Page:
Geology: The Crust and Upper Mantle

Continuing on with the structure of the Earth, just because I feel like it (and I like rocks).

The Earth’s crust is a patchwork of distinct plates which lie on top of the mantle and move slowly relative to each other. Different plates move in different directions and at somewhat different speeds; however, the usual comparison is that the plates move at roughly the same speed that your fingernails grow.

The plates underneath the ocean are significantly different than the ones underlying the continents. Ocean plates are relatively thin—about seven kilometers thick—and quite young, geologically speaking. The oldest rocks in the oldest ocean plate are only about 200 million years old. The youngest were made two seconds ago; new rock is constantly being added to several of the ocean plates.

The plates underlying the continents are much thicker. The average thickness is about 35-40 kilometers, but some parts of some plates are as much as 70 kilometers thick. Continental plates are usually much older than ocean plates. For example, some rocks in the Canadian shield and in Australia are more than 4000 million years old (i.e. four billion).

Ocean plates are mostly made of basalt, a black rock with a high iron and magnesium content. Continental plates are much more varied, with many different types of rocks and minerals. On average, however, continental plates are less dense than ocean plates. Loosely speaking, this is why continents are (mostly) above sea level: ocean plates are dense and “ride low” on top of the mantle, while continents are lighter and “ride high”.

There’s some weirdness about the dividing line between the crust and the mantle. The line is determined by the Mohorovicic discontinuity, named after a Yugoslavian scientist and generally shortened to “the Moho” because no one wants to type “Mohorovicic” repeatedly. The Moho is a layer where the composition of the rocks changes significantly from the basalt of ocean plates and the more varied continental plates, to a relatively uniform rock called peridotite. This change in composition is quite noticeable in seismological readings, so the Moho was officially taken as the crust-mantle boundary.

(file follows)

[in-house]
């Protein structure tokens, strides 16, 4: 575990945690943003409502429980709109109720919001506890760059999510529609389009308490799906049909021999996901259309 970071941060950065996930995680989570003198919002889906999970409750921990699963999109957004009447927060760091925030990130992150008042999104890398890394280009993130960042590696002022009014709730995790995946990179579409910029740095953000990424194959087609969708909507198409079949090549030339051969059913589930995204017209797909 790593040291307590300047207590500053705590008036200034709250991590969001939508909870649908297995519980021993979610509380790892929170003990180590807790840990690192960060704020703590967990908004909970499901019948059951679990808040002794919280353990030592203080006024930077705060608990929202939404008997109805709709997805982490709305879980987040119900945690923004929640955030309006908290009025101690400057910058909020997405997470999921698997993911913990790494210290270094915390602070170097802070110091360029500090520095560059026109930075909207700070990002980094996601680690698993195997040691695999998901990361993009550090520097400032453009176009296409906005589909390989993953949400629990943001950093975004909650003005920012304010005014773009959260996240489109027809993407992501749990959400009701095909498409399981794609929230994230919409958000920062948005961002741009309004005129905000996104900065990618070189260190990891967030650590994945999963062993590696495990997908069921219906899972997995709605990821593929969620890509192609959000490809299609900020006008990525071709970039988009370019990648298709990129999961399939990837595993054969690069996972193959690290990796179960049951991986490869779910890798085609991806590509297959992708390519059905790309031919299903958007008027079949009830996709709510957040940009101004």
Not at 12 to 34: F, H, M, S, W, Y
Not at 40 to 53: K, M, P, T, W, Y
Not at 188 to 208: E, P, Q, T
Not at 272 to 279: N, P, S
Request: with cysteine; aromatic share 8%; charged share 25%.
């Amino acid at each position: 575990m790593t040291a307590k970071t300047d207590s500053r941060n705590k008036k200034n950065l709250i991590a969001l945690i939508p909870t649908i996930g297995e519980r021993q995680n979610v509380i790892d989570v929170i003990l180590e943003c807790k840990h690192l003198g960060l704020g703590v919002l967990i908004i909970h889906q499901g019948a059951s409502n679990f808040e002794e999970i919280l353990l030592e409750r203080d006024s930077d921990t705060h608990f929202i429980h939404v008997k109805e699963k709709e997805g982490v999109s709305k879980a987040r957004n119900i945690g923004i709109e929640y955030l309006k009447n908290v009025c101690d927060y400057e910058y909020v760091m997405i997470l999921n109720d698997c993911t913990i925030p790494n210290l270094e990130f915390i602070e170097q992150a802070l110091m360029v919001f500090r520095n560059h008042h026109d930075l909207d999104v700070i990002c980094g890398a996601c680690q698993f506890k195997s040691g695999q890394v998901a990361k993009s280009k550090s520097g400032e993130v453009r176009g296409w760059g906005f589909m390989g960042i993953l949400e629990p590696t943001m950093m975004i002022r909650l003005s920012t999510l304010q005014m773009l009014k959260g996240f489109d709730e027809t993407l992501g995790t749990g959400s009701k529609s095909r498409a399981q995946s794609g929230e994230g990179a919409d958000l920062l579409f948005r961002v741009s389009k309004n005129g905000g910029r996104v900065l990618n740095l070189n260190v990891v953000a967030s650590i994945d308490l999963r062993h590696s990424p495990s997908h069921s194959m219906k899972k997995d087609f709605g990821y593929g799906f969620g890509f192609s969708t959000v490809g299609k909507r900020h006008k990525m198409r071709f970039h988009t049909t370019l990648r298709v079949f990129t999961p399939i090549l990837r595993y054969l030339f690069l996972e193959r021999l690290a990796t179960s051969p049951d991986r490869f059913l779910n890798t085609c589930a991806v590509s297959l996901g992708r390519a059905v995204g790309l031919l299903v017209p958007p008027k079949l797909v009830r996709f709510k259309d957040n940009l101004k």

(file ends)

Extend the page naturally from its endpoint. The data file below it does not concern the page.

However, there’s a different boundary you might also care about. As I noted last time, most of the mantle has the consistency of thick peanut butter: solid but still able to flow very slowly. However, the topmost section of the mantle is cool enough that it doesn’t flow. It’s hard, like peanut brittle.

So the crust is mostly unflowing solid rock, and the top part of the mantle is also unflowing solid rock. This has led geologists to define the lithosphere as the crust plus the part of the mantle that doesn’t flow. Below that is the asthenosphere which is the part of the mantle where stuff starts to flow (and below that is the mesosphere which is a stiffer part of the mantle but it’s still a bit flow-y).

Confused? I certainly was when I was first taught this stuff. But if you think crust/hard mantle/soft mantle, you get the idea. The difference between the crust and mantle is what the rock is made of. The difference between the hard mantle and soft mantle isn’t the composition—they’re made of the same stuff—but the texture.

So those are the basic layers of the Earth. Some of these are divided into sub-layers, but let’s not complicate things. Instead, if I decide to keep going, I’ll move on to plate tectonics, the key to modern geology.

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